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Search Tags: OPM
Matthew Baum, a former investigator in OPM's now-defunct Office of Federal Investigations, questions whether politics and privatization went too far by outsourcing background investigations.
What's maybe going to top the summer must-read list for federal workers? It's one of the hottest topics in government: phased retirement. Coming soon, we think, to a cubicle near you, Senior Correspondent Mike Causey says.
Ten years ago, the federal government was faced with a crisis in managing security clearances: costly delays and backlogs in performing background investigations. The Office of Personnel Management stepped in and tremendous progress clearing the backlog and meeting strict new timelines mandated by Congress. But some critics now worry too much focus has been put on speed in the process — and not enough attention has been given to quality. In our special report, Questioning Clearances, Federal News Radio examines why efforts to measure the quality of background investigations have stalled.
Less than two weeks ago, a federal judge approved the transfer of the case alleging USIS with improperly conducting thousands of background-check reviews to Washington, D.C. An investigation conducted by the Office of Personnel Management's inspector general remains ongoing. OPM says it has confidence in the reforms put in place by the company.
Since 2008, the Office of Personnel Management has been on a crusade to root out falsification in background investigations using the courts. Nearly two dozen background investigators for either OPM or one of its contractors have been criminally prosecuted for misconduct ranging from outright falsifying reports, known as "ghostwriting," to performing sloppy checks that failed to adhere to OPM's standards.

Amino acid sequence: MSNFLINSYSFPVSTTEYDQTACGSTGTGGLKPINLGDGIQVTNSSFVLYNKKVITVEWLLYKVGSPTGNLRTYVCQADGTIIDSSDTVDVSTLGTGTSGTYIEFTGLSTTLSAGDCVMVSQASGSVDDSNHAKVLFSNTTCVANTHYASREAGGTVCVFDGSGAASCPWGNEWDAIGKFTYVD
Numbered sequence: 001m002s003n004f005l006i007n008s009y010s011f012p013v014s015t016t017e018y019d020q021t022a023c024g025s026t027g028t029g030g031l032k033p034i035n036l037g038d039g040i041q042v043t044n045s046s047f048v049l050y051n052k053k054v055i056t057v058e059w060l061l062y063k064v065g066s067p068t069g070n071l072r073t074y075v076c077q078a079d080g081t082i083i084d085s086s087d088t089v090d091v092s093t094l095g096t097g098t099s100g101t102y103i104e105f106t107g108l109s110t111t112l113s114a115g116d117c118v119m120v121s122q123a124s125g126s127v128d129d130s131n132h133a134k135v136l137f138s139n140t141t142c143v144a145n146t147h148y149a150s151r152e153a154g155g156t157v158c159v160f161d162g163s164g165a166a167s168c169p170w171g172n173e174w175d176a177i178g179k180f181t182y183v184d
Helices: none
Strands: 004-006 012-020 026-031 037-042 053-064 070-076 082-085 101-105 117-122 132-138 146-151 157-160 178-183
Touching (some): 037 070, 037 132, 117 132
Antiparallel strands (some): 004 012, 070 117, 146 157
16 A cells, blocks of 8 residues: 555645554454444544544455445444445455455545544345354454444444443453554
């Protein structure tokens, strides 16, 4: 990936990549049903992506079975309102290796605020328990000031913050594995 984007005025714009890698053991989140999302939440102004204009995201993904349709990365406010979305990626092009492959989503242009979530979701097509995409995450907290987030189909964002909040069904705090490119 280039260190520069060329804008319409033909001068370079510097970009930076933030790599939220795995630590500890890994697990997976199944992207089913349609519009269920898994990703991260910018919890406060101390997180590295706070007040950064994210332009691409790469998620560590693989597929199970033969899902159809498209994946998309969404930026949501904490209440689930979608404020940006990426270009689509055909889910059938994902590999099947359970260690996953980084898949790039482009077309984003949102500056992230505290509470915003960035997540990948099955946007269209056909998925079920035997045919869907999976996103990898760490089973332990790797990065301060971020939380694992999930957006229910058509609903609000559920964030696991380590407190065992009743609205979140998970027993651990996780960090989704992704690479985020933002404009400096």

Federal employees are growing increasingly frustrated with budget cuts, stagnant pay levels and a negative perception of the federal bureaucracy, government surveys reveal. At a townhall event hosted by the Partnership for Public Service, the heads of the Departments of Commerce, Homeland Security and Labor say they're getting the message.
Sen. Jon Tester (D-Mont.), chairman of the Senate Subcommittee on the Efficiency and Effectiveness of Federal Programs and the Federal Workforce, hosted a hearing Tuesday to discuss the low morale of federal employees and explore possible solutions for agencies seeking to improve it.
Tags: Jon Tester , Senate , Katherine Archuleta , J. David Cox , Best Places to Work , AFGE , Colleen Kelley , NTEU , Jeri L. Buchholz , NASA , Carol Waller Pope , FLRA , employee satisfaction , Employee Viewpoint Survey , workforce , sequestration , Michael OConnell
The Office of Personnel Management received 8,047 new retirement claims in April, which is about 1,500 more than the 6,500 it projected that it would receive for that month.
Office of Personnel Management Director Katherine Archuleta tells Federal News Radio that federal workers deserve the attention they receive during Public Service Recognition Week.
The General Services Administration and the Office of Personnel Management sign an agreement to co-manage the new training and management assistance contract. GSA will handle the acquisition facets, and OPM will oversee requirements and services part of the contract that could be worth billions of dollars.